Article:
The opposition has also revealed that key defections have occurred from Syria's air force and that entire airbases have been abandoned, such as the Dar Ezza airbase in Aleppo and the missile battalion in Al-Rastan in Homs.
Meanwhile, some 869 officers from the 1,100 posted in the city of Al-Rastan in central Syria have defected, and some 80 per cent of soldiers from the southern governorate of Deraa have also defected. Half of these have fled to Jordan and the others have joined the FSA.
Although the opposition fighters are no match in terms of weapons to the much larger regular army, which comprises 325,000 soldiers and a similar number of reserves, they are counting on the erosion of loyalty within the regular army to cause it to lose control.
One of the reasons why the regime is taking so long to collapse despite the defections may be because senior security and military officials have not abandoned it, given the regime's reliance on sectarian affiliations to run the state apparatus, the security services and the army.
The opposition believes that since a political solution for the Syrian crisis may now be unattainable, the defectors should be embraced despite their past support for the regime.
It has described them as a valuable catch because they may have information about senior officials in Syria and may know the weak points of the army. They may also be able to encourage others to defect from the regime.
For the moment, the West has been reluctant to supply opposition forces with advanced weaponry out of concerns that this could end up in the hands of anti-Western Islamists. Saudi Arabia, Qatar and some wealthy Syrians want to fund and arm the armed opposition, however, though fears that a sectarian war could break out in Syria have thus far been discouraging them.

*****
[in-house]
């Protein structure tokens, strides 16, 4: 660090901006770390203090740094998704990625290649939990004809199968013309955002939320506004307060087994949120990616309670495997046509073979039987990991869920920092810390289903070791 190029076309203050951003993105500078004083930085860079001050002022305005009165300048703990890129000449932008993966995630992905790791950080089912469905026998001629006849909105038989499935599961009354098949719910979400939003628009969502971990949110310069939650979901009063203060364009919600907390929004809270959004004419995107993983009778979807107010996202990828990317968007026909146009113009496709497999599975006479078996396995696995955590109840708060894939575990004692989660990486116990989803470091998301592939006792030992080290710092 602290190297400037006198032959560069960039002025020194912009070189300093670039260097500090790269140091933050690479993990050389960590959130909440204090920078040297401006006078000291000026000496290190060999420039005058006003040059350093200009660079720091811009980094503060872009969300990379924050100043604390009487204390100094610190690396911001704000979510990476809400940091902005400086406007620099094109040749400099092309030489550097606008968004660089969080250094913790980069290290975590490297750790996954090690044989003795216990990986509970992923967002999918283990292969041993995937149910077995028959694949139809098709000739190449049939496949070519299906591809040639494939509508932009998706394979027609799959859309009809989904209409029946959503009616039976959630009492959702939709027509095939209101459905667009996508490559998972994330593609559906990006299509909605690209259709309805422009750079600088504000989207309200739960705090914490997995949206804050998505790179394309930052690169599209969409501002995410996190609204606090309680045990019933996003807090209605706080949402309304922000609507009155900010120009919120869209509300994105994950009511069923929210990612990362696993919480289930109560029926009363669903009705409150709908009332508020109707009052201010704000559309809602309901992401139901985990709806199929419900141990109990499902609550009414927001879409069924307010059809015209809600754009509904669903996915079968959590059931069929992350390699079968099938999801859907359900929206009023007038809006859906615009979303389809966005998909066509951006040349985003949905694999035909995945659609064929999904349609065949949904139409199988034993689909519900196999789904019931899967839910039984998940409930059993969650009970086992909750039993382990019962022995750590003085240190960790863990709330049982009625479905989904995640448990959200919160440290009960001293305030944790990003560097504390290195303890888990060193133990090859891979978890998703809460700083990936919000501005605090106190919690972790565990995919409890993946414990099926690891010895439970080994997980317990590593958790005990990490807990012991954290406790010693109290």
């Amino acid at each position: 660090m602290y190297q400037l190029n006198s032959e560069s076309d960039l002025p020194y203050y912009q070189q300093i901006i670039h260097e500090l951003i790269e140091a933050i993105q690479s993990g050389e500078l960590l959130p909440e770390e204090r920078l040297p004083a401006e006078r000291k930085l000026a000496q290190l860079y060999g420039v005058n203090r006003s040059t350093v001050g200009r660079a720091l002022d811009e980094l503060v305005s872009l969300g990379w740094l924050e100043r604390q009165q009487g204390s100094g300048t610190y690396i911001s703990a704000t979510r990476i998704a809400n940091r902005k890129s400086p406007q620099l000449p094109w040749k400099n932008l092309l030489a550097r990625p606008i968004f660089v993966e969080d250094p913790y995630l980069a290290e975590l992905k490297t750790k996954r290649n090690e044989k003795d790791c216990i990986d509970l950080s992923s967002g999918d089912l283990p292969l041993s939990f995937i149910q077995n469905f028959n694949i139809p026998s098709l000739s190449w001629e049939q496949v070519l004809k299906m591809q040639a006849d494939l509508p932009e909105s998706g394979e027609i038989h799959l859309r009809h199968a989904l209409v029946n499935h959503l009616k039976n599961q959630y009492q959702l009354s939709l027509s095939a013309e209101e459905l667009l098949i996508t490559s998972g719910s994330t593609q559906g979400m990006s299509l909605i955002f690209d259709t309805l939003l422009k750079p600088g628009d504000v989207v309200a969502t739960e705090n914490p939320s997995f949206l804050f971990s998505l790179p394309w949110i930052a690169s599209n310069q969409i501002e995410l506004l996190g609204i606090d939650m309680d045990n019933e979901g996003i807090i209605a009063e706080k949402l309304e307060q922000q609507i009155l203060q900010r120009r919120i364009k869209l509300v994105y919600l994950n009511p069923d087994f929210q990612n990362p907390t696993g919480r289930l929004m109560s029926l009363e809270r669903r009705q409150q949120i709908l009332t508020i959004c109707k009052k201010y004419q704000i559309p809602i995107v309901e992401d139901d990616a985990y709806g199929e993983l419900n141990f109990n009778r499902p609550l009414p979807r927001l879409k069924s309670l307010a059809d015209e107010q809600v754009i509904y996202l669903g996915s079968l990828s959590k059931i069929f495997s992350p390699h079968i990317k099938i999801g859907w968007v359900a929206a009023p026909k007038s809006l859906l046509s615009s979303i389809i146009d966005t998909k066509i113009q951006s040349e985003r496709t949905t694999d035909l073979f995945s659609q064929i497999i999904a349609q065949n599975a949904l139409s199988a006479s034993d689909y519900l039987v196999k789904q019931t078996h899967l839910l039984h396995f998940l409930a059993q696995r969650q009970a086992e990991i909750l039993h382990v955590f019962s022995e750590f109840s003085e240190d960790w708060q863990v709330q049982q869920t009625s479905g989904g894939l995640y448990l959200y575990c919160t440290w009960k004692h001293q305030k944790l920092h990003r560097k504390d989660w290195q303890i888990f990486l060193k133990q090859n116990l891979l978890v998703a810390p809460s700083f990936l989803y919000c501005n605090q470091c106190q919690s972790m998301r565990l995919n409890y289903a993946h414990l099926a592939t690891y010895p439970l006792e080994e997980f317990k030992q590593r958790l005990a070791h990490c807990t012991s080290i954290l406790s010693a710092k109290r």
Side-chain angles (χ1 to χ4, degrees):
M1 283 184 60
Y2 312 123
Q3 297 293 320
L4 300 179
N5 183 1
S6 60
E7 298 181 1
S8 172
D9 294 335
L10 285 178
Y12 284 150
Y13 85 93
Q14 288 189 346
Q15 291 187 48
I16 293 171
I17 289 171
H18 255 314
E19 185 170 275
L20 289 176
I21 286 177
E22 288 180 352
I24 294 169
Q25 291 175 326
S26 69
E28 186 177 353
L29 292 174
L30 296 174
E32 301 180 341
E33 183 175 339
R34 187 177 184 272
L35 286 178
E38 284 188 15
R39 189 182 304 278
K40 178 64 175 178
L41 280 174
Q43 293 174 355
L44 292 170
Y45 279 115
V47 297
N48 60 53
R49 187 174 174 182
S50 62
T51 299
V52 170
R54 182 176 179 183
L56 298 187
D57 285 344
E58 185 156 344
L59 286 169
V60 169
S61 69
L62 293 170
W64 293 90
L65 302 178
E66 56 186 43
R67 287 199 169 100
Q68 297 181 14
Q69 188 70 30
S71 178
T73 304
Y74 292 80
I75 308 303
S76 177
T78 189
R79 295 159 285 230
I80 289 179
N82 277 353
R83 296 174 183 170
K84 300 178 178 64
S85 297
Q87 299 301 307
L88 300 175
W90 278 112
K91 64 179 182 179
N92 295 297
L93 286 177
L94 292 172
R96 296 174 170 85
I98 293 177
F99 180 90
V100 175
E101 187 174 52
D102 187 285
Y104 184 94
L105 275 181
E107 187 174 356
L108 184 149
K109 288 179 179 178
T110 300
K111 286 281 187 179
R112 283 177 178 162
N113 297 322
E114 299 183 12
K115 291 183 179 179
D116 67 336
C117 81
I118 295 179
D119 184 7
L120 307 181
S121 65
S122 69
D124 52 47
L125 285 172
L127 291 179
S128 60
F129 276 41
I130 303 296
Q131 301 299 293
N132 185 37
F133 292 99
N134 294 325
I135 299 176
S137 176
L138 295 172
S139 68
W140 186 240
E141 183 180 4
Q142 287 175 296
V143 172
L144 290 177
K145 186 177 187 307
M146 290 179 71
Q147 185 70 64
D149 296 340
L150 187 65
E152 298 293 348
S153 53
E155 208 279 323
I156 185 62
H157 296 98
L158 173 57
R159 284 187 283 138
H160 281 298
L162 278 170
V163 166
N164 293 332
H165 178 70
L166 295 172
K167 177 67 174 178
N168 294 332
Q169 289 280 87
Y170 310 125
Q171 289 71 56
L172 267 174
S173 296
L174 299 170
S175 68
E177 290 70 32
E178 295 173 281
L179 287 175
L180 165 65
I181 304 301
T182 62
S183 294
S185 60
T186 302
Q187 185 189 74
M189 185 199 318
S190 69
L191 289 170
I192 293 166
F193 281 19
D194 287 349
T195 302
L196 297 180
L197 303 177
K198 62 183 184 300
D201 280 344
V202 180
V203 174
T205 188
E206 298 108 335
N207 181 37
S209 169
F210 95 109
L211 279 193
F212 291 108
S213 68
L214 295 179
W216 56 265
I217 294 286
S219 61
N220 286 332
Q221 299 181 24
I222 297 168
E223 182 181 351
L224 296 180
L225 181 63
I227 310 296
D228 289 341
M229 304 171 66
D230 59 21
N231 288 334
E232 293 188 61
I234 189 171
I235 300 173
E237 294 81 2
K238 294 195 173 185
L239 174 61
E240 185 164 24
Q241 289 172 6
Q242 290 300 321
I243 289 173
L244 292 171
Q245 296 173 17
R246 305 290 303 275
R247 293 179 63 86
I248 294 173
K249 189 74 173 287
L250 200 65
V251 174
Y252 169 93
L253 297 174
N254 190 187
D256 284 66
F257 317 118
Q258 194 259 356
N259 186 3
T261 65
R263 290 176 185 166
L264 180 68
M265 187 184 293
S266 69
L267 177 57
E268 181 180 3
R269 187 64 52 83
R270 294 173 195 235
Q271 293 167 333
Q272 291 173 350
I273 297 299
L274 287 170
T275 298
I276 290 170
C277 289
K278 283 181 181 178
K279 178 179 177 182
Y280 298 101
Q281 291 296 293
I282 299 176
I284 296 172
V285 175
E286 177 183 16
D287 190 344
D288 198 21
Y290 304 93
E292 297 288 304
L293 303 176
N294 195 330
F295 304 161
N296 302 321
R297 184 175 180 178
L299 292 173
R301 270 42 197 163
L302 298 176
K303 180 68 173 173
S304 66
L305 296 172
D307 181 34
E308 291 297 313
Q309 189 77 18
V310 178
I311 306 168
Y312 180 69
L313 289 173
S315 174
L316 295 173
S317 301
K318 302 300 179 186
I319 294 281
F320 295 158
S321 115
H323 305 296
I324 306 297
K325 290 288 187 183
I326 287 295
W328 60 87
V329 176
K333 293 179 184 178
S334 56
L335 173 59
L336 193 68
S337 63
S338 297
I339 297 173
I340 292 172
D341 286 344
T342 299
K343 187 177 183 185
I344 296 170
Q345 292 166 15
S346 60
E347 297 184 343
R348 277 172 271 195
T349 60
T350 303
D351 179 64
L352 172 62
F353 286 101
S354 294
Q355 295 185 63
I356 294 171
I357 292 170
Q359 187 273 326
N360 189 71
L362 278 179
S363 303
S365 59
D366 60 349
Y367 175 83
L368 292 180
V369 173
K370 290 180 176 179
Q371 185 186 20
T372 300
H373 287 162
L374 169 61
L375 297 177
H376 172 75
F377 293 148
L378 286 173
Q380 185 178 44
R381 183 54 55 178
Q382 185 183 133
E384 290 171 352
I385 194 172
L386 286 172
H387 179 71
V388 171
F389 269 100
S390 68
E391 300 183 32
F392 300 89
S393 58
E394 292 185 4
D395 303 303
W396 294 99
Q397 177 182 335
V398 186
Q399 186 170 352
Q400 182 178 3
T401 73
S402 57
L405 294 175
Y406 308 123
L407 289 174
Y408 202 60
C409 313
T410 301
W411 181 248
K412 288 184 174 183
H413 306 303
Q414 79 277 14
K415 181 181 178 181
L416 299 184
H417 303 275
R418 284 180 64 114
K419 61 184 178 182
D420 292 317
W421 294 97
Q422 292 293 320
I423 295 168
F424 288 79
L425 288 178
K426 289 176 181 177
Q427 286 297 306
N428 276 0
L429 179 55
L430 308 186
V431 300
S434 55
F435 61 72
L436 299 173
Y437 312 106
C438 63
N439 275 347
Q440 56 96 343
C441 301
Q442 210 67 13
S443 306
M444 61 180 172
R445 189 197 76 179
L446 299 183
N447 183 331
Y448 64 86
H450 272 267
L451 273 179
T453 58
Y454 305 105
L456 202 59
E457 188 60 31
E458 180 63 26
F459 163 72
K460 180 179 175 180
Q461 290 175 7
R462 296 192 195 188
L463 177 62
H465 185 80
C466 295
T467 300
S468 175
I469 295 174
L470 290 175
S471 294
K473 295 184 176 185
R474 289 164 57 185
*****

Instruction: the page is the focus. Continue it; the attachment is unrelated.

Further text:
The Arab peace initiative proposed by the Arab League (AL) at the end of last year was unsuccessful, and the UN and AL envoy Kofi Annan declared earlier this week that plans to end the military crackdown and transition to a political solution had also ended in failure.
Last month, UN monitors abandoned their mission in Syria after two months spent in the country without achieving any progress on the ground. As skirmishes continue using heavy artillery on the outskirts of the Syrian capital Damascus, it now appears that developments on the ground are beyond the reach of diplomatic initiatives.
As a result, the military wing of the Syrian opposition has been growing in strength, and it is no longer restricted to the FSA, established in July 2011 with the aim of protecting the protesters.
Other armed opposition forces today include the Supreme Revolutionary Military Council (SRMC), led by Brigadier-General Mustafa El-Sheikh and established in February, the Local Military Council, which receives funds and military assistance from revolutionaries abroad, and other independent armed groups loyal to various financial and military donors.
Meanwhile, security reports say that senior military officers in the regime have been planning their exit strategies and opening channels of communications with the opposition in order to discuss their fates if they decide to defect from the army.
These senior officers apparently include members of Al-Assad's inner circle.
Recent leaks in the US and European press have also stated that some European and Arab states, along with the US, have drawn up a roadmap to support the FSA financially and militarily.
Under the plan, a minimum salary of $200 would be paid to each defecting soldier, helping them to unite and form a single army across Syria.
The plan would also speed up the rate of defections from the regular army by giving refuge to deserters, together with an income and arms, and it would launch a military confrontation against the regular army with the implicit promise that after the ouster of the regime power would be handed to the FSA.
If the plan were to be applied, it could result in more defections from the regular army and could better equip the FSA for battle. However, it would also cause further widespread destruction in Syria.
For the moment, the Syrian protesters do not fear for the future, since their priority is to overthrow the regime and halt its military machine, terminating the tight grip of the intelligence agencies that have ruled their lives for decades.
The defectors are not viewed negatively because of their formerly close ties to the regime, but there are growing fears that they may drag Syria into an unknown future.